At the heart of the major religions of this world are miracle claims. If a person claims to be God, or to speak on God’s behalf, the ability to do signs and wonders would go a long way to backing up that claim. When presented with numerous religions, and their various miracle claims, an obvious question arises: How are we to decide which miracles (if any) actually did happen?
This question has been the topic of much debate over the centuries. The Scottish deist philosopher David Hume famously argued that miracle claims are (at best) likely to be unreliable. Roughly, his logic goes something like this:
- We have no experience ourselves of the laws of nature being violated.
- We have plenty of experience of people fraudulently or mistakenly claiming that the laws of nature have been violated.
- Therefore, if a person claims that the laws of nature have been violated, it is statistically more likely that they are either deceived or are trying to deceive.
I think this logic is sound. It does not say that miracles have not occurred. It simply says that human testimony is not sufficient to demonstrate that a miracle probably occurred. (I should say at this point that by “miracle” I mean an event that “shouldn’t” happen, according to the regular laws of nature – something like a person levitating, or turning water into wine – I don’t mean something that is just unlikely, such as winning the lottery, or meeting a famous person, or recovering from a disease with a one in a million recovery rate. It is a rather delicate matter to rigorously define the concept of miracle, but it is sufficient for my purposes here to go with the intuitive notion that most people would have.)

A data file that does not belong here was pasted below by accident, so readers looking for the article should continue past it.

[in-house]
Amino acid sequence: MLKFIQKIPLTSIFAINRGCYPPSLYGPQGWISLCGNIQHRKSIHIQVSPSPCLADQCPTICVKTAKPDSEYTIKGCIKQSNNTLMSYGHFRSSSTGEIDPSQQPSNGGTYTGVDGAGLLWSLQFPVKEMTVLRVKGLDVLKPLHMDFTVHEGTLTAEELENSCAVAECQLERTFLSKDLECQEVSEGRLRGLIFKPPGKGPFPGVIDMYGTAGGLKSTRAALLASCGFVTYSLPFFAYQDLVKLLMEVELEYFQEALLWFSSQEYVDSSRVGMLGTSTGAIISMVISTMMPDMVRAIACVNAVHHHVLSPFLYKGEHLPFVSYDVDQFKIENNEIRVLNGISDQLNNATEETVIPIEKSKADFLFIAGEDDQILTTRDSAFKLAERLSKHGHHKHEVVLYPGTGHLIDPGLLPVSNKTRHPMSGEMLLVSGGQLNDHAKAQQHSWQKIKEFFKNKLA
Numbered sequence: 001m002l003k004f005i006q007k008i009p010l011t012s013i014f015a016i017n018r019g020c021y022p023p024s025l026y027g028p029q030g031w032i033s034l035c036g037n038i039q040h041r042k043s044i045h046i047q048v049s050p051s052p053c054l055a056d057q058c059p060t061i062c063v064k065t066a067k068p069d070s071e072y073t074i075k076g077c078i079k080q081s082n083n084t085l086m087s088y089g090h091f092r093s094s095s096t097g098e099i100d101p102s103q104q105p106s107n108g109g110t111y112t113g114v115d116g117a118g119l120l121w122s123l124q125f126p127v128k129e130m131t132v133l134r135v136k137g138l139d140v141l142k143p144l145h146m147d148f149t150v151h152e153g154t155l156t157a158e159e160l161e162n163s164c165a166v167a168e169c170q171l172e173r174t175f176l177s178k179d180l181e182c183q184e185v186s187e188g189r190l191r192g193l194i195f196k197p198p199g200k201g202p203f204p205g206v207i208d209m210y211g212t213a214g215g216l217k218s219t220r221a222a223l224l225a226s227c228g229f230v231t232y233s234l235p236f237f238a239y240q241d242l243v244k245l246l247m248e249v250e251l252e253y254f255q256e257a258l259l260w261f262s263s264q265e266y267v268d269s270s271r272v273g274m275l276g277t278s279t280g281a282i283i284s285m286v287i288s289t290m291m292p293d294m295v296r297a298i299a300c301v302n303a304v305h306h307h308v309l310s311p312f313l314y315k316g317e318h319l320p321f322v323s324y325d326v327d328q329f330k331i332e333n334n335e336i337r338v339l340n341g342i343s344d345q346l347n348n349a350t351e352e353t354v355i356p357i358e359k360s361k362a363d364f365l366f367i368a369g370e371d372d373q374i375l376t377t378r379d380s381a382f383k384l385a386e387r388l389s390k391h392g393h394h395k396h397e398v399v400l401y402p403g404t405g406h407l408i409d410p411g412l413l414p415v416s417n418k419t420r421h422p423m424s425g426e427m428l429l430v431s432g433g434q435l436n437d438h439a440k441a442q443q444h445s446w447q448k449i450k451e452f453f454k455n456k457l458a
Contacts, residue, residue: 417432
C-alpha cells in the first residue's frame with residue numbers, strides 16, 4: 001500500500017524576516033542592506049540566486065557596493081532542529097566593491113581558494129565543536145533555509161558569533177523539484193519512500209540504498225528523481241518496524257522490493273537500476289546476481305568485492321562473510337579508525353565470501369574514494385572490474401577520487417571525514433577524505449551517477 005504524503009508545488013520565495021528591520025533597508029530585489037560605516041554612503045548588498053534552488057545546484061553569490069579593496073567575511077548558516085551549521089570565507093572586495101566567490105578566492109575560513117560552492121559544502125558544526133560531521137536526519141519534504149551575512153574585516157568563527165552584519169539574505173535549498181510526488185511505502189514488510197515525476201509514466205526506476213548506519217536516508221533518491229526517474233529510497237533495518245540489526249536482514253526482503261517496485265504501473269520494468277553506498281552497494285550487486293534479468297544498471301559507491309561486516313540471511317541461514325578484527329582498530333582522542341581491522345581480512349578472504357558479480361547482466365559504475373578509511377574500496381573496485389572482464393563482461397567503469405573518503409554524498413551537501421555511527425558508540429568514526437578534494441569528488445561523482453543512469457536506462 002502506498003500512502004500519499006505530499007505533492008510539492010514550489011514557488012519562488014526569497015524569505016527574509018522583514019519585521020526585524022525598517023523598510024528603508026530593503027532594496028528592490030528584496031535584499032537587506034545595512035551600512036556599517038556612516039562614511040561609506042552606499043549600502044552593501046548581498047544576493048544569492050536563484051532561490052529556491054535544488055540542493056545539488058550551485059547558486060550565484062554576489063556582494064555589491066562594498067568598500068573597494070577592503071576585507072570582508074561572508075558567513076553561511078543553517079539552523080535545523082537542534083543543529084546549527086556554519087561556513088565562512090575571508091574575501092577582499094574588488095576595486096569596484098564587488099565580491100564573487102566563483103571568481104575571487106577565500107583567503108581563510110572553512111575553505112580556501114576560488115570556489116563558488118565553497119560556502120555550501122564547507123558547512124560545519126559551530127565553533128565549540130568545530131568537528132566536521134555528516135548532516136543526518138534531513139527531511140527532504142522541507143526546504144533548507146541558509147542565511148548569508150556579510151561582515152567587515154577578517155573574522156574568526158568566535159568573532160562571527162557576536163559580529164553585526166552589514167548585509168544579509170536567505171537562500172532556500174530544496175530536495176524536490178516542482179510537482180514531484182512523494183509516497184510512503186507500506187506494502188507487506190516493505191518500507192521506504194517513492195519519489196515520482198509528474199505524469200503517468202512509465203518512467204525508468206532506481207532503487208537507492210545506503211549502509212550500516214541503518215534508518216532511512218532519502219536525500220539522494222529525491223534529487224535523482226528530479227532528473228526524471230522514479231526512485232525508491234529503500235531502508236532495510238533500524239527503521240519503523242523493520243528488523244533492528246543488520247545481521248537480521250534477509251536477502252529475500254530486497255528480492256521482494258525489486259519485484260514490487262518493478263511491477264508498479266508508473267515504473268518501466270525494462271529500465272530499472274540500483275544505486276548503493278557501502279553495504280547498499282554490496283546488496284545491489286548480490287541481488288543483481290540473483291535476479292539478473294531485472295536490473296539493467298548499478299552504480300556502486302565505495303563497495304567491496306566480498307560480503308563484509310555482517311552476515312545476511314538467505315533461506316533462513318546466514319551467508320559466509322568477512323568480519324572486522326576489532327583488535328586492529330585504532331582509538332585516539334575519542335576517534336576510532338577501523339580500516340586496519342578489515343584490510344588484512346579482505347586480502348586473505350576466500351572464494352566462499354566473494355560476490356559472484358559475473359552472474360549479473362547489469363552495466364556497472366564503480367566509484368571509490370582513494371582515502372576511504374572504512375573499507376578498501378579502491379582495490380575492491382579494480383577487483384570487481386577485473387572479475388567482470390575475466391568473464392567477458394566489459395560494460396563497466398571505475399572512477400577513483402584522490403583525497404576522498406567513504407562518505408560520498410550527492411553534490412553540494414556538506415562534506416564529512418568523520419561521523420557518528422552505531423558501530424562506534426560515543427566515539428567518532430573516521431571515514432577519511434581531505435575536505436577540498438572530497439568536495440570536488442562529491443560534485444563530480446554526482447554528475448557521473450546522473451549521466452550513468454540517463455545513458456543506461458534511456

Religious apologists often argue that the miracle claims from their own faith tradition are well supported by evidence. I don’t intend to dispute any of this evidence in this post. Rather, I’d like to offer a couple of hypothetical scenarios that serve to illustrate the reasoning behind Hume’s argument.
Earlier in 2012, approximately 4,000 atheists and free thinkers attended the Global Atheist Convention in Melbourne. Imagine that after the event, all the local news stations were reporting that during Richard Dawkins’ address, the recently deceased Christopher Hitchens appeared before the audience of several thousand people, proclaiming that the Mormon religion was true, and that the Mormon God had given him the chance to come back to earth for a few minutes to share the Good News and warn the unbelievers, even though he himself would not be spared, but was to go straight back to Mormon Hell. Imagine further that 6 months later, all 4,000 convention attendees, including Dawkins himself, were faithful Mormons, regularly attending church services, and actively promoting the Mormon religion.
Suppose you are a Christian, and are presented with all this. How would you respond? Would this be enough evidence to suggest that you were wrong about Christianity all along, and that Mormonism was the way to go? That’s quite strong evidence – the personal testimony of thousands of eye witnesses, all of whom could be considered “hostile” sources. The key issue of course is that, since you weren’t there yourself, you have to rely on the reports of others. Sure, in this case the evidence seems extremely strong. But to switch faiths from Christianity to Mormonism, you would need to be rather certain. To use Hume’s logic, you would need to be more certain that Hitchens really did rise from the dead at the instigation of the Mormon God than that the convention attendees were either deceived or being mischievous. Can you think of any “naturalistic” explanation of the data? I certainly can. Here are a few possible explanations (I’m sure you could think of more):